Paris Charles de Gaulle Airport
Groupe ADP has recently launched a driverless bus trial at Paris Charles de Gaulle Airport, which consists of two autonomous shuttles provided by Keolis and NAVYA. Trials will be ongoing until July 2018, offering free rides to passengers with limited mobility. Both shuttles are currently taking on routes from the business district of the airport to the Environmental and Sustainable Development Resource Center, as well as Groupe ADP’s headquarters. The units are capable of carrying up to 15 people – 11 seated and four standing. Individuals can access the on-demand shuttle service via a QR code.
French group VINCI Airports has signed a 25-year concession contract for the operation of Serbia’s Belgrade Nikola Tesla Airport. As a concessionaire, VINCI Airports will aim to support flag carrier Air Serbia to offer new long-haul routes as part of its hub strategy. VINCI Airports will build on its partnerships with over 200 airlines to further increase the airport’s traffic and connectivity, in line with Serbia’s strong economic growth potential. Belgrade Nikola Tesla Airport will serve as the company’s hub in Southeast Europe, a geographical area in which VINCI Airports has not operated until now.
Rome Fiumicino Airport
Aeroporti di Roma has launched its new Rome Fiumicino Business City construction project at Rome Fiumicino Airport. The project covers a 91,000sqm sustainable airport city design, requiring investment of €190 million. The final design features a 1,300-seat conference centre with integrated hotel service, public and private offices in tourism and insurance, business lounges, consular and embassy offices, a medical centre, retail activities, supermarket and 41,000sqm of green spaces, urban furniture and pedestrian routes. The city will have direct access via rail and road transportation services. The airport city’s first four buildings to be available between 2022 and 2023, with the remaining three opening in 2024.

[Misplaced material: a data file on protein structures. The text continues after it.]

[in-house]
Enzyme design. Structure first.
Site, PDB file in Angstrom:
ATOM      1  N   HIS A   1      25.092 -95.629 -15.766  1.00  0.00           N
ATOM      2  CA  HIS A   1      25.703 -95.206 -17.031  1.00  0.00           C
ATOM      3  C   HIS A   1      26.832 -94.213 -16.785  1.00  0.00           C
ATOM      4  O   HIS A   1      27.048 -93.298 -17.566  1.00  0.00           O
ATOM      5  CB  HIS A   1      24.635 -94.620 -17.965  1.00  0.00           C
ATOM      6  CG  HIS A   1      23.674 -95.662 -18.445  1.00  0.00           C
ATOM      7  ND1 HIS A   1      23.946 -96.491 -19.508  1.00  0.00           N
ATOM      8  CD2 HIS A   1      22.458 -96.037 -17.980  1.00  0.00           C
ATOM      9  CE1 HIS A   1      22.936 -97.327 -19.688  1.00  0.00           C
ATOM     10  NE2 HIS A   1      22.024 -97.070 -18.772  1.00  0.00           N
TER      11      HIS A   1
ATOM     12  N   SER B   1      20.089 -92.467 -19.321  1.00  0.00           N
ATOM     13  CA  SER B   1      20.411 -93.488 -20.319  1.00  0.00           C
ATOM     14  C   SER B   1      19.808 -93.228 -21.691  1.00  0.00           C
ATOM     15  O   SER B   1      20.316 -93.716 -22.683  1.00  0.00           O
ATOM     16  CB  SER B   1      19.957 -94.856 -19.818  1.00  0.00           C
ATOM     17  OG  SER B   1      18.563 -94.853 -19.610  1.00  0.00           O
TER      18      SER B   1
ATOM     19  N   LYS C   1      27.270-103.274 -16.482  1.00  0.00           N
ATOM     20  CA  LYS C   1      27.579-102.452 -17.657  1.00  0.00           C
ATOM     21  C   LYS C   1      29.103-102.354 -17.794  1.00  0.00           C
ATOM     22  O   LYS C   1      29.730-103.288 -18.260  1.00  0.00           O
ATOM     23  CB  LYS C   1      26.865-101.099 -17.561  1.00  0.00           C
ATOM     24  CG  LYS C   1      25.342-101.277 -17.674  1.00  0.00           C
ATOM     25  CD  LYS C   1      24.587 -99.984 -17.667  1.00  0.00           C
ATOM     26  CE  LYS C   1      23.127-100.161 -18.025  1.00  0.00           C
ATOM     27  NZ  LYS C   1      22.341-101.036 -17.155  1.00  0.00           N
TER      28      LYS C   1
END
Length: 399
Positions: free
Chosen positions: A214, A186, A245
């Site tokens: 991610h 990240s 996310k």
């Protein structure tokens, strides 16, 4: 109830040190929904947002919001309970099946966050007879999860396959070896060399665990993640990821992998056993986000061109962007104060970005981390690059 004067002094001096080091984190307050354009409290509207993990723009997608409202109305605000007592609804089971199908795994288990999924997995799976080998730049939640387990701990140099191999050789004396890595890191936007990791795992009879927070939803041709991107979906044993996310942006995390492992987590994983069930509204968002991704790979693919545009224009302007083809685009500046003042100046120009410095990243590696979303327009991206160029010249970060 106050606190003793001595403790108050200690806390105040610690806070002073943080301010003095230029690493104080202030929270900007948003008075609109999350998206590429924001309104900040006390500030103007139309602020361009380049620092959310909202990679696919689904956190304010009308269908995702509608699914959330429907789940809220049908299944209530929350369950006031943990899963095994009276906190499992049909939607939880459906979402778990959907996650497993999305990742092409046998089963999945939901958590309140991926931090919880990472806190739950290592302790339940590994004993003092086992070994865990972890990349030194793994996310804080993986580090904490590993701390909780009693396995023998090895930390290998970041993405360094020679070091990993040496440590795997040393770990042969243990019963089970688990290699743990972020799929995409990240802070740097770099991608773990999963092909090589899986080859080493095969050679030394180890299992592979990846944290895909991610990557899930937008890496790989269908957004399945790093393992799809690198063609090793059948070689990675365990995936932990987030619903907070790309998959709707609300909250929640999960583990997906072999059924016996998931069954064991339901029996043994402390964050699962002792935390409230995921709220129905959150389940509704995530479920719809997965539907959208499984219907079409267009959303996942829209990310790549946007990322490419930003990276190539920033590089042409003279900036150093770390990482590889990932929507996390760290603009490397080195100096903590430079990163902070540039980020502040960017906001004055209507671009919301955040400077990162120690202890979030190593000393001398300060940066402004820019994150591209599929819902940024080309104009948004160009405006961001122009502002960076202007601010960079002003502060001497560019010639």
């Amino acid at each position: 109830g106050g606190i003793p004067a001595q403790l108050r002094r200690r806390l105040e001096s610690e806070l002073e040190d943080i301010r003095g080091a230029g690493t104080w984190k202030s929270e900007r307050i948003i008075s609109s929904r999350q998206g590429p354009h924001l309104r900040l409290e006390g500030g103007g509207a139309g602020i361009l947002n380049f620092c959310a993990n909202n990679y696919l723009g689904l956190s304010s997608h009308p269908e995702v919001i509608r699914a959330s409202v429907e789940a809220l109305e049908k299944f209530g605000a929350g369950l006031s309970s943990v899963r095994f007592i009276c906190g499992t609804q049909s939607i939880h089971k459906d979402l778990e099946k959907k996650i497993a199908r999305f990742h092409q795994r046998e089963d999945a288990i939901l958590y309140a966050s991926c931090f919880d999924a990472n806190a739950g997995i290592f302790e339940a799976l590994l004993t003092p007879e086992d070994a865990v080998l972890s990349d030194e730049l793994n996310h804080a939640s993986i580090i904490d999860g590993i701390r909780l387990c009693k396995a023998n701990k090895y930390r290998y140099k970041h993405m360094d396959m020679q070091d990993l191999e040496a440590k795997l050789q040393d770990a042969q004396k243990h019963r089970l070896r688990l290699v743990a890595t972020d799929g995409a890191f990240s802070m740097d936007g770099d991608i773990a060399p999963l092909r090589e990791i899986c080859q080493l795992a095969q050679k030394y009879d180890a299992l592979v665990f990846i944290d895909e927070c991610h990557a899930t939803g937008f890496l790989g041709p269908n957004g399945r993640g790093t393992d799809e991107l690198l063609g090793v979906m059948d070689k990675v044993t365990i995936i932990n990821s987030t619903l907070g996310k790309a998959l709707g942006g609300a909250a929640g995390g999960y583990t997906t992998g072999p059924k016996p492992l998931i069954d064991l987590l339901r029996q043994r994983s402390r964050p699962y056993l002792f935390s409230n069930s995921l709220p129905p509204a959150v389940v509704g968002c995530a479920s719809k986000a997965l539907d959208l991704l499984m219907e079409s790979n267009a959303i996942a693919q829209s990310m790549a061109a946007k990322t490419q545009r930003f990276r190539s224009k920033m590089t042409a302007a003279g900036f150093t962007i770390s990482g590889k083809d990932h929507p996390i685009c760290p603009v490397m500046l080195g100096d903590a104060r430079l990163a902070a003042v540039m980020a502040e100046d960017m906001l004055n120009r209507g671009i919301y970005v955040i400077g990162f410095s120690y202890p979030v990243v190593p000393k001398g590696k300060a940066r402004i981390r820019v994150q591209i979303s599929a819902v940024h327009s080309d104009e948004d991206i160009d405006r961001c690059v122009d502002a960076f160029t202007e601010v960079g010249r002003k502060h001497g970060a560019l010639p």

Dublin Airport has won the Innovation in Technology & Systems Award for its Fire Alarm App at the Facilities Management Awards. The App was designed to help Dublin Airport’s fire alarm responders find the location of a fire alarm activation using a graphical map interface so they can react without delay. There are approximately 14,000 fire sensors located across both terminals, so speed is key in pinpointing the source of a fire alarm so that any potential impact on the passenger journey is minimised.
The Belarusian Transport & Communications Ministry has outlined three major projects in anticipation of the 2nd European Games, planned to be held in Minsk in 2019. The authority’s plan for the aviation sector is to boost Minsk Airport’s capacity with an addition of a second runway. The development will be commissioned this year and should be operational just in time for the games. Minsk Airport will be able to offer a more convenient schedule of regular flights and charter flights as the two runways are meant to be operational simultaneously.
Tel Aviv Ben Gurion Airport
Israel Airports Authority (IAA) has opened its new Concourse 4 at Tel Aviv Ben Gurion International Airport Terminal 3. It will be able to handle up to 1,800 more passengers per hour once fully operational and facilitate the simultaneous departure of 32 aircraft on international flights. The new passenger wing includes telescopic glass pathways, eight plane exit gates, shops, restaurants and a VIP lounge. It will be able to accommodate many more arriving and departing flights.
Amsterdam Airport Schiphol
Royal Schiphol Group has announced that Amsterdam Schiphol and its entire Dutch airport network will utilise wind power from next year. The group worked with sustainable energy provider Eneco and the municipality of Vianen to build three wind turbines, two of which will provide energy for the Schiphol Group. This supply amounts to around 20GWh per year, which is comparable to the annual energy consumption of 17,000 households. Eneco will build more wind turbines for Royal Schiphol Group over the next two years, so that by January 2020 all of the power for the airport company will come from newly-constructed Dutch wind farms.
Finavia plans to spend €55 million in 2018 and 2019 to expand its airports in Lapland. It estimates the investment could raise the number of passengers using airports in Lapland and nearby Kuusamo to two million annually by 2030 and create 500 new permanent jobs in the region. The biggest investment of €25 million will go to the airport in Rovaniemi, capital of Finnish Lapland. Kittilä will receive €20 million, while Ivalo in the far north is to see investment of €10 million. The expansion work is to begin immediately and be wrapped up by the end of 2019.